aid those women who are called to such labor on the behalf of the church (Rom. 16:1,2). A
woman may also help and assist the congregation in its public worship by playing a musical
accompaniment. Furthermore, women are also eligible to care for minor children and to teach
them the things of God in church ministries designed for that purpose (Prov. 1:8; 2Tim. 1:5;
3:15). In addition, the older women of the church should train the younger women in domestic
piety in accordance with their ability and opportunity (Tit. 2:3,4).
Paragraph D. The Place of Women in Church Assemblies.
The Lord's will is that women should behave in church meetings in a
manner consistent with decorum (1Tim. 2:9,10) and submission (1Cor. 14:34,35; 1Tim. 2:11).
Inorder to behave with decorum in church, every woman should be dressed in such a manner as
to avoid both immodesty and ostentation (1Tim. 2:9,10), so that the congregation's attention
will not be intentionally diverted from God and drawn to her. In order to behave with
submission in church, every woman should adorn herself with a meek and quiet spirit
(1Pet. 3:4). Therefore, she should not speak out individually in corporate worship
(1Cor. 14:23,26,33-37), nor should she, while receiving corporate instruction from the
scriptures, publicly question her teacher before the gathered church, but, in deference to her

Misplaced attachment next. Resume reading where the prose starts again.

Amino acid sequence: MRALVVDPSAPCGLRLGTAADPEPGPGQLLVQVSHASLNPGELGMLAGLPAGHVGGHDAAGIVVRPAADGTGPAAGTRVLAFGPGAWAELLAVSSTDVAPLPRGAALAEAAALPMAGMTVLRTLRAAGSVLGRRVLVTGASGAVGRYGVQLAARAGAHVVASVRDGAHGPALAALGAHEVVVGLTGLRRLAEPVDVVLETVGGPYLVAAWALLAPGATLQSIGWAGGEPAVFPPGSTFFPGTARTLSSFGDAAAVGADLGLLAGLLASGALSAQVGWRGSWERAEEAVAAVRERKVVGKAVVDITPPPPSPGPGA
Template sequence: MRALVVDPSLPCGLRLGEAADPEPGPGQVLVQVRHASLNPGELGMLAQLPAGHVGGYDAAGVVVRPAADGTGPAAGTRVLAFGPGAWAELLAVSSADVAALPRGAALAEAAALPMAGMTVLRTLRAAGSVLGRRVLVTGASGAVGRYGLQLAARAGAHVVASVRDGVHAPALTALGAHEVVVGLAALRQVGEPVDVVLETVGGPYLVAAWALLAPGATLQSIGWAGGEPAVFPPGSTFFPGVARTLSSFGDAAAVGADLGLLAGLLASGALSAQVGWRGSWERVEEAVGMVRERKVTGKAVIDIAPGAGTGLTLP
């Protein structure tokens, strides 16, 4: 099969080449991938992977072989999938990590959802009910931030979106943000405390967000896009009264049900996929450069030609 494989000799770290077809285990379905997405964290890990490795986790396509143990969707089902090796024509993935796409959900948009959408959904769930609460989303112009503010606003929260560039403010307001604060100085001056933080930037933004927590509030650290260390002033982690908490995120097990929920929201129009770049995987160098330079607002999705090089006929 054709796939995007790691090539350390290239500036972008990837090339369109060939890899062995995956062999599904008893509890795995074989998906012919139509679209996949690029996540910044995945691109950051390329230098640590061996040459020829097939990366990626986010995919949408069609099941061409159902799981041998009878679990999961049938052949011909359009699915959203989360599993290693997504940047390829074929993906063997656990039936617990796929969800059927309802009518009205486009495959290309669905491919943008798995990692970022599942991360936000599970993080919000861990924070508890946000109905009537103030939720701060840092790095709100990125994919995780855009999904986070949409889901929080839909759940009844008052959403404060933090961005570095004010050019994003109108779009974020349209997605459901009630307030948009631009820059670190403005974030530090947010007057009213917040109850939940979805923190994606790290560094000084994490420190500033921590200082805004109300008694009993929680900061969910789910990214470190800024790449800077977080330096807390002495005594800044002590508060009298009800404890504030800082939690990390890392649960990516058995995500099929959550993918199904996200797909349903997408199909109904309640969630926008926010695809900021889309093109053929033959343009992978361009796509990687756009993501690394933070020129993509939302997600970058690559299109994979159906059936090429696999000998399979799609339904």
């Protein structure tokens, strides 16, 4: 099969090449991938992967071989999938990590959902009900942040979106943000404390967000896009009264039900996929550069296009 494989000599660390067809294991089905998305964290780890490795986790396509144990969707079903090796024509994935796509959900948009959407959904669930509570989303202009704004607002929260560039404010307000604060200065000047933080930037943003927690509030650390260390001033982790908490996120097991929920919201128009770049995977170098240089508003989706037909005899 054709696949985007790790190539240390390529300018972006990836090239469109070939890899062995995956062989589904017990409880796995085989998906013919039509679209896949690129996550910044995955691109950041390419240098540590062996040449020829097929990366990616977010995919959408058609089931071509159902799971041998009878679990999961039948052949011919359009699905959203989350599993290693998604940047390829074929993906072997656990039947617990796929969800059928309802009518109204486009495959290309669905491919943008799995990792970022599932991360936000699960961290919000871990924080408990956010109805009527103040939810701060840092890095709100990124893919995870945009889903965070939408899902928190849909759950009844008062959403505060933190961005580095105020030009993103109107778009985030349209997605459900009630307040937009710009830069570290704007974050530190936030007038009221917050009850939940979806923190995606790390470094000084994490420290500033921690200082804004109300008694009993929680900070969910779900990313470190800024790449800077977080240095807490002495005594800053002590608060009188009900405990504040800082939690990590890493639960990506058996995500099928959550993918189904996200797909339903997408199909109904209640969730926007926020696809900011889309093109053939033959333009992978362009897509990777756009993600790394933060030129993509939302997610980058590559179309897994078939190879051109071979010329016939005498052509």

husband, should first address her concerns about the teaching privately to him (1Cor. 14:34,35;
1Tim. 2:11), or if she has no husband, to an elder.
This mandate of decorum and submission does not, however, cancel or
nullify her privileges and duties as a church member in good standing. Therefore, since women,
as well as men, are commanded to participate in congregational suffrage, women who are members
in good standing are permitted to address the gathered church on all matters in which
congregational advice and consent are voluntarily sought or constitutionally required, yet
always with a meekness befitting their femininity. Therefore, also, since women are commanded
by the Lord personally and publicly to confess their repentance towards God and faith in Christ
(Mt. 3:6; Acts 5:13,14; 8:12), every woman who is a member in good standing is permitted to
participate freely in all church assemblies gathered for the purpose of public testimony and
praise, or public confession of sin or faith, whether by testifying to the church of God's
goodness to her, or by confessing before church her sin or her faith and hope in Christ.
Similarly, with a view to confessing their faith, women may compose hymns and spiritual songs
which, if suitable, may be sung by the gathered church (Heb. 13:15). Therefore, also every
woman who is a member in good standing is permitted to participate freely in the lighter and
informal social gatherings of the church, at which she may address those assembled in a manner
befitting the occasion (1Cor. 11:2-16; 1Cor. 14:40). Finally, this mandate of decorum and
submission in church assemblies does not deny Christian women all opportunity to exercise their
spiritual gifts. Therefore, in the auspices of their own home, or in private company, women
may exercise a gift to teach (Acts 18:26; 21:9), or put forth questions regarding the
Scriptures (1Cor. 14:34,35), or lead in prayer (1Cor. 7:5; 11:5; 1Pet. 3:7), or bear witness to
any sinner of the grace of God in the gospel (1Cor. 7:16).